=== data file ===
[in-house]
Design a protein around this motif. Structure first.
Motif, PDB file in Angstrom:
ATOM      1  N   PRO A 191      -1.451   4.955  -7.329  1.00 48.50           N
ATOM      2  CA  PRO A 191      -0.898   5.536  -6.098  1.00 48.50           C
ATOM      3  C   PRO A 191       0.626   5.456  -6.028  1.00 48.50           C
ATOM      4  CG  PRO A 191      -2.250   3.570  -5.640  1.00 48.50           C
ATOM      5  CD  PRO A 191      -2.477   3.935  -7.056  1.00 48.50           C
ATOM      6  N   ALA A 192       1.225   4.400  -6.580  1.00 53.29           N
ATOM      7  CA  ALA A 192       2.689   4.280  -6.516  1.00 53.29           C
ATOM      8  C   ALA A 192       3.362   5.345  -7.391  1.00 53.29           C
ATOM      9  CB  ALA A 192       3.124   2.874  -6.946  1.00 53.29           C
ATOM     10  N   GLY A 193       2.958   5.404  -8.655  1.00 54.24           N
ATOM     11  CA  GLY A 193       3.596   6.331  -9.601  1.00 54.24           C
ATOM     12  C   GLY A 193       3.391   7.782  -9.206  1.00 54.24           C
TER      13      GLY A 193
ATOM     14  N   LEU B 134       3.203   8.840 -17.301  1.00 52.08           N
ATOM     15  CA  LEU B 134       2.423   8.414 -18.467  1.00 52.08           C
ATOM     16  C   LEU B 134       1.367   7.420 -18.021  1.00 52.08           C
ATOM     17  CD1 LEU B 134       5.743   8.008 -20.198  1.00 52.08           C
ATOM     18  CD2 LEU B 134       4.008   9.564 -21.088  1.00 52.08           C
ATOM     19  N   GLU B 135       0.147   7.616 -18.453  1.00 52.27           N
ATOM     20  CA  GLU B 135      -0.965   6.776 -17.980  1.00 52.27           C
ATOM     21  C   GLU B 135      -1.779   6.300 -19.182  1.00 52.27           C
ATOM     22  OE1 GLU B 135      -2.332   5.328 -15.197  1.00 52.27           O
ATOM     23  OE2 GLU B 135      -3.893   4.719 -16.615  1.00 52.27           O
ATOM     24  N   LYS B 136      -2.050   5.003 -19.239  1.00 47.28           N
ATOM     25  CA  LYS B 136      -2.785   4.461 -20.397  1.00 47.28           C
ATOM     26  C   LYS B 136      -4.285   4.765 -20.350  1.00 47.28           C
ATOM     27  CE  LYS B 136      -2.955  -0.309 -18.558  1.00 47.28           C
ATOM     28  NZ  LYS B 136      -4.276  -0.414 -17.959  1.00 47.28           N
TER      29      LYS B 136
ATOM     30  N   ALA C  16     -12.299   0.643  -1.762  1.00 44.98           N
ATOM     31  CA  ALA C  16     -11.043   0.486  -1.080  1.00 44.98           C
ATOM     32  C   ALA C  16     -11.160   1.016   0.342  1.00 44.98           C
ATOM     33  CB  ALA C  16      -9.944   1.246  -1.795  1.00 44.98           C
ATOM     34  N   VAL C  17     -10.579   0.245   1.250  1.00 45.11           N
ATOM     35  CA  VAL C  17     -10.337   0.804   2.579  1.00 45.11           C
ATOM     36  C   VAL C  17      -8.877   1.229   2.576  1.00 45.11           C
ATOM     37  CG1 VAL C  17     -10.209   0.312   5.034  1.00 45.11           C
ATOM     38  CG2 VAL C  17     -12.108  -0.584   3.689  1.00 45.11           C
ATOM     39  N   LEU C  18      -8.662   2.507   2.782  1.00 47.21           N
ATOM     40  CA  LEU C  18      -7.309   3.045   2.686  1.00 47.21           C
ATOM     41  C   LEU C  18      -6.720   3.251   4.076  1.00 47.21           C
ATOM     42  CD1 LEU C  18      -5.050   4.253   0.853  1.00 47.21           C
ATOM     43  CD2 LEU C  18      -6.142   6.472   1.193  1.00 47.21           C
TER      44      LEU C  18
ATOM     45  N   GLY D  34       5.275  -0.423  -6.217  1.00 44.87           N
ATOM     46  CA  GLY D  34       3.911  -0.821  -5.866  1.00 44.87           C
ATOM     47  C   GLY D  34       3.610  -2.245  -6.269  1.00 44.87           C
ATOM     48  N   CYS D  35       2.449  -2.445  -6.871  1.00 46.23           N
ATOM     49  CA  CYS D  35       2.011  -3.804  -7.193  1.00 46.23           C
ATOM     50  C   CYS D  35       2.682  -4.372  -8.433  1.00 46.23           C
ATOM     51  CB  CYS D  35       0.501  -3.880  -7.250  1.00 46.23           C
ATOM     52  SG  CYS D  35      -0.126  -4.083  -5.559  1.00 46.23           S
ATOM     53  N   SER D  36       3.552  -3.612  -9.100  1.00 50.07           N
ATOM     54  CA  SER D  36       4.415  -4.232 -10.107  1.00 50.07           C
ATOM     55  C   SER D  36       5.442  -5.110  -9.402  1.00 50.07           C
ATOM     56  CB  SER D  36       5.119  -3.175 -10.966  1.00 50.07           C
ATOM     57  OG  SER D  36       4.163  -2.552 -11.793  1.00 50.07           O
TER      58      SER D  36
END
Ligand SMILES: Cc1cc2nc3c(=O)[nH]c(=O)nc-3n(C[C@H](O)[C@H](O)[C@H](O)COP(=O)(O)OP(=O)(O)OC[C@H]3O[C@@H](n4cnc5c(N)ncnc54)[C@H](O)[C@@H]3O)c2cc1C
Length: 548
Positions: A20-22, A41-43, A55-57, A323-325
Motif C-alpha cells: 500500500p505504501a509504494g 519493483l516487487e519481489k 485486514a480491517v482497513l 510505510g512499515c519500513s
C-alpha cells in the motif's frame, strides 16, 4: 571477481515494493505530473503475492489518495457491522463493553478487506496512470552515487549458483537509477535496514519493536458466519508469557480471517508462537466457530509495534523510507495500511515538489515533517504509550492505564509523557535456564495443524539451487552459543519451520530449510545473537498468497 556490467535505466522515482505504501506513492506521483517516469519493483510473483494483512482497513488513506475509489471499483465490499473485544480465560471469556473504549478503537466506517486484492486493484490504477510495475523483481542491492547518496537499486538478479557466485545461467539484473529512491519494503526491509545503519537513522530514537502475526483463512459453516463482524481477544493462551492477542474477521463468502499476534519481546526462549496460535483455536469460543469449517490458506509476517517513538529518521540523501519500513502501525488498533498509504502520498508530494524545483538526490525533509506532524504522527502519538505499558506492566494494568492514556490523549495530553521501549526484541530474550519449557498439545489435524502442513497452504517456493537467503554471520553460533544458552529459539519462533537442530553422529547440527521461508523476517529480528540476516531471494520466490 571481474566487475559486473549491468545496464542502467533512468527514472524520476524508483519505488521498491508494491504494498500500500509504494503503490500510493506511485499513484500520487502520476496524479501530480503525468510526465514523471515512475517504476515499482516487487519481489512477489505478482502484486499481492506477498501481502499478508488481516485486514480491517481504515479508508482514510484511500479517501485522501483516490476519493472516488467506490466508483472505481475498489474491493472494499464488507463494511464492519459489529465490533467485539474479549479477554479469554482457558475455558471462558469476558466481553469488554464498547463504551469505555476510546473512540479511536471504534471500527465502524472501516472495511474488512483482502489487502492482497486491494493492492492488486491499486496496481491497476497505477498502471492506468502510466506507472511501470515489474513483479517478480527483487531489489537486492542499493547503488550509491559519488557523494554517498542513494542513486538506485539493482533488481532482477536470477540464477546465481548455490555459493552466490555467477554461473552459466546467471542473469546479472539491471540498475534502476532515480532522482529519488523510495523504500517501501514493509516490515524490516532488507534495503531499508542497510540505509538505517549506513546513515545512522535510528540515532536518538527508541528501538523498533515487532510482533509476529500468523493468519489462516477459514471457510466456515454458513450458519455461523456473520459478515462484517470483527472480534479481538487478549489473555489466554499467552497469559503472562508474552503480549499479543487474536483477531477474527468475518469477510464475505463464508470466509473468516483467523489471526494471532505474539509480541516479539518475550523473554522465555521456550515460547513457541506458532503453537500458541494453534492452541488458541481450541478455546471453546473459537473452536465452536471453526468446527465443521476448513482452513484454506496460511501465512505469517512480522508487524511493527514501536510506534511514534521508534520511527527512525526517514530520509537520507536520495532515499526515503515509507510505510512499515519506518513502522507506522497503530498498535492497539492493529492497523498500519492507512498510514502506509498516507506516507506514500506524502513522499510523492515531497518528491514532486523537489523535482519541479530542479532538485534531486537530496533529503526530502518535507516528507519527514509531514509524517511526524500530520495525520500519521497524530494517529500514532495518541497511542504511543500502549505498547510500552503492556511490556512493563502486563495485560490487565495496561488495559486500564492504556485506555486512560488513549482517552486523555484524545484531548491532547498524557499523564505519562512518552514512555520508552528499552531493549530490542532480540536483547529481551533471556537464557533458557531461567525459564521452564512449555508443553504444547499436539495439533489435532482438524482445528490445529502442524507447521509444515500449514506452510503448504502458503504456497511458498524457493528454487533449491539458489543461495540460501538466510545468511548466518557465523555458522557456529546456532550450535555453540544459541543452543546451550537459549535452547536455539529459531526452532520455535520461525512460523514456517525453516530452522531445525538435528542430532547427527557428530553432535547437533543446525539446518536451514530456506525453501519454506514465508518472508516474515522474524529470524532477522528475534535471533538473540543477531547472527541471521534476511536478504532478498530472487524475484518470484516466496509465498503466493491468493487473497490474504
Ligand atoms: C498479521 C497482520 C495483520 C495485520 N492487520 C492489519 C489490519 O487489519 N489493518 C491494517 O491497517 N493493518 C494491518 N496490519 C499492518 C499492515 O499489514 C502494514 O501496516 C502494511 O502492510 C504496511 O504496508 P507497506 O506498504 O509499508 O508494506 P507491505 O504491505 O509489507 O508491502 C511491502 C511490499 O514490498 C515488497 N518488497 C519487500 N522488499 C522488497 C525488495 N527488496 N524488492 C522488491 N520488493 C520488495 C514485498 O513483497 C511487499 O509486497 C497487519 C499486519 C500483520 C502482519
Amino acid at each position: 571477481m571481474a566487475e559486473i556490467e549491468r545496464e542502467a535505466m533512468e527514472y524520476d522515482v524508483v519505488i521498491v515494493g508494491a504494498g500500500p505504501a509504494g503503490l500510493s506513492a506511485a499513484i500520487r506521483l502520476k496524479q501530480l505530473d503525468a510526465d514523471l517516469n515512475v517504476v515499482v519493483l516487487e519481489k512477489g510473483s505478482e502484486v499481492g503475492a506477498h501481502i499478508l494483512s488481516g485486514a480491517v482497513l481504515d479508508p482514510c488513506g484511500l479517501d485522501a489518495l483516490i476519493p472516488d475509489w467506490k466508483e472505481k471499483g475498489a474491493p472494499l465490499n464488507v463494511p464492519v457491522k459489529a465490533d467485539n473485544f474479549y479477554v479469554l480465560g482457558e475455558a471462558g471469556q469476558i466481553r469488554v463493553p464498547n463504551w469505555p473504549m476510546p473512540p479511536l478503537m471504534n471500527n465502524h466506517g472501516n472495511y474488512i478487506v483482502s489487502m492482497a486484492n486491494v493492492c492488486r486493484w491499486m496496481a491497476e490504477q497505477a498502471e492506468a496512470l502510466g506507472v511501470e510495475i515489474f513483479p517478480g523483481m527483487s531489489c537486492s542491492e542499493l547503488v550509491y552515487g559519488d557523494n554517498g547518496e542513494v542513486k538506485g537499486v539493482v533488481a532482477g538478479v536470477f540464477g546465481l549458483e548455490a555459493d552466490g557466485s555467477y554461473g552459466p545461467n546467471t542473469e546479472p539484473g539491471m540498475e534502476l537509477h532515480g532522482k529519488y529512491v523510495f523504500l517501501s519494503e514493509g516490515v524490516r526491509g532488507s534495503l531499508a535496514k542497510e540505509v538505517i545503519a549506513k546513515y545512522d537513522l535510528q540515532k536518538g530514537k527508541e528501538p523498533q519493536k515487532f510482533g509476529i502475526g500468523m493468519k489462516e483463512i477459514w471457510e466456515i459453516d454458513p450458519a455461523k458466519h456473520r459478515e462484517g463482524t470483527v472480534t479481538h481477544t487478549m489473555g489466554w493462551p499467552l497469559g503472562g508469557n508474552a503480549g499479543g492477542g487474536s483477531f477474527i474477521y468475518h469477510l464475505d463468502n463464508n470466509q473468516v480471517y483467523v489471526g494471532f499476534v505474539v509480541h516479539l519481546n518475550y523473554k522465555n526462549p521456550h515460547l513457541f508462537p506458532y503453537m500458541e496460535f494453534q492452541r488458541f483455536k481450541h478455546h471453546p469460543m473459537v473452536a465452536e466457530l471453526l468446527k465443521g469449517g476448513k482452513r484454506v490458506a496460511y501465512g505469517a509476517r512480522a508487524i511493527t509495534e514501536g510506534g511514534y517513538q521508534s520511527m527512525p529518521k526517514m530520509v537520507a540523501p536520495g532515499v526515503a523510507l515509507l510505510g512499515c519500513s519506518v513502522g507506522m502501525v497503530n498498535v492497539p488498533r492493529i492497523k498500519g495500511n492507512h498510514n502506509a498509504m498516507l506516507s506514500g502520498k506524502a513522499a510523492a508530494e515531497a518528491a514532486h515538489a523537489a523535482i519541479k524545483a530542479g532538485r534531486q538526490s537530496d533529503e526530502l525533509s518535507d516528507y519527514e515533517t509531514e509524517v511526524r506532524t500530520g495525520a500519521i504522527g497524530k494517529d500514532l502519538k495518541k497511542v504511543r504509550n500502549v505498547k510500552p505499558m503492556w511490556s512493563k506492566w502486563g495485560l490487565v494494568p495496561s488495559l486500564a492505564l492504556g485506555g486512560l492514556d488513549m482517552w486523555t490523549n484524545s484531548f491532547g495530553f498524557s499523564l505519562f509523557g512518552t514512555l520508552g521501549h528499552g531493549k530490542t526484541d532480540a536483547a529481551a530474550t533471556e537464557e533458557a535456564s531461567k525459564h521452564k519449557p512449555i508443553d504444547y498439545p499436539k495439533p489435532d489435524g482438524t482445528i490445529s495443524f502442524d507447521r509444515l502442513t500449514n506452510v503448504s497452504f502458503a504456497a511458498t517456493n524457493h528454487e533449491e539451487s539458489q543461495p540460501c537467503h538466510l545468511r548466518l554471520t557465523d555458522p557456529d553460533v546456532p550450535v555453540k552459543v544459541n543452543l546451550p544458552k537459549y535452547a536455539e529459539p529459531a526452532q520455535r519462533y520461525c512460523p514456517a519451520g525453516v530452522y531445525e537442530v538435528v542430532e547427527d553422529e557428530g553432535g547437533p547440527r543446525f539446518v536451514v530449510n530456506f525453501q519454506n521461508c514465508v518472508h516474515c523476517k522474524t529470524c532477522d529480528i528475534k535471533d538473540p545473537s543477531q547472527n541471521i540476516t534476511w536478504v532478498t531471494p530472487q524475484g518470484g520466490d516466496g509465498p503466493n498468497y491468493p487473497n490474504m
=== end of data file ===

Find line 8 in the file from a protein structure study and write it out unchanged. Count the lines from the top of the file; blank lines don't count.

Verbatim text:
ATOM      5  CD  PRO A 191      -2.477   3.935  -7.056  1.00 48.50           C